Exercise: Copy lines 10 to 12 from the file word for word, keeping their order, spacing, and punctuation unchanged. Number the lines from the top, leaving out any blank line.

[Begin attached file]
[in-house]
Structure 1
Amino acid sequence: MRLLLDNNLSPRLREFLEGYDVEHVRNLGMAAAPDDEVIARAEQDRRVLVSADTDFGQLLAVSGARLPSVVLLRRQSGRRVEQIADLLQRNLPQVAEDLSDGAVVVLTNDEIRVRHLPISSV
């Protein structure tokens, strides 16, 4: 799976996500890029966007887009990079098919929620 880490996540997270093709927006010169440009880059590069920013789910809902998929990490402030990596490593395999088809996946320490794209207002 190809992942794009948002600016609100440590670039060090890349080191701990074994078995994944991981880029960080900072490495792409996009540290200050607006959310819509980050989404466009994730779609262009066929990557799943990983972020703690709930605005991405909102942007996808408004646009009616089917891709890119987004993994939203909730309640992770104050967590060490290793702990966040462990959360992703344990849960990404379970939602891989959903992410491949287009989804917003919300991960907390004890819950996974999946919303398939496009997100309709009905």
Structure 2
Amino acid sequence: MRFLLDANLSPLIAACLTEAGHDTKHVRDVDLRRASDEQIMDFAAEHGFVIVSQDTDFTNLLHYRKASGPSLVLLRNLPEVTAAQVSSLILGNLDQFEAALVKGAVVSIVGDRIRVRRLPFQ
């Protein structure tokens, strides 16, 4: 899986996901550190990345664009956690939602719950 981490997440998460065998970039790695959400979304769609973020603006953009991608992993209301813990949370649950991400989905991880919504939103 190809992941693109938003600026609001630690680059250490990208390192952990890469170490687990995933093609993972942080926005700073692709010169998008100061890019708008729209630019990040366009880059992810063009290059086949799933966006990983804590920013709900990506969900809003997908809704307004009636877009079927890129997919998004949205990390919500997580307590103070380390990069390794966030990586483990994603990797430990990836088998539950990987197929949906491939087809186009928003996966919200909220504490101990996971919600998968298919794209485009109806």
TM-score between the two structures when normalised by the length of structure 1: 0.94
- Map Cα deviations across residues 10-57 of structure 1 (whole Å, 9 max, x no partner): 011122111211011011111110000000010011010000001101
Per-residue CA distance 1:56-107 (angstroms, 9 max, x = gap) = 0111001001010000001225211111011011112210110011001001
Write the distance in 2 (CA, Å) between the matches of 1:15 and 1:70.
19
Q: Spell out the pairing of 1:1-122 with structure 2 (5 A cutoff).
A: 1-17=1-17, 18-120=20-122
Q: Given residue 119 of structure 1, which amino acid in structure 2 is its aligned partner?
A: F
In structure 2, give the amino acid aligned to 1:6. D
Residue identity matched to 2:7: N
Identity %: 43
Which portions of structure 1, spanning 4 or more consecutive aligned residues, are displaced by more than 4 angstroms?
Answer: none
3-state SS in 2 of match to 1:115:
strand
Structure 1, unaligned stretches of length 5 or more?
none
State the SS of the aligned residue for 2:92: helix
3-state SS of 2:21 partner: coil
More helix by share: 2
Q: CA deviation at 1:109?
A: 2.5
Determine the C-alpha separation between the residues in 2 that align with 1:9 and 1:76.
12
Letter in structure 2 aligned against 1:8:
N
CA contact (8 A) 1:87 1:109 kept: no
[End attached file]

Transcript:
Per-residue CA distance 1:56-107 (angstroms, 9 max, x = gap) = 0111001001010000001225211111011011112210110011001001
Write the distance in 2 (CA, Å) between the matches of 1:15 and 1:70.
19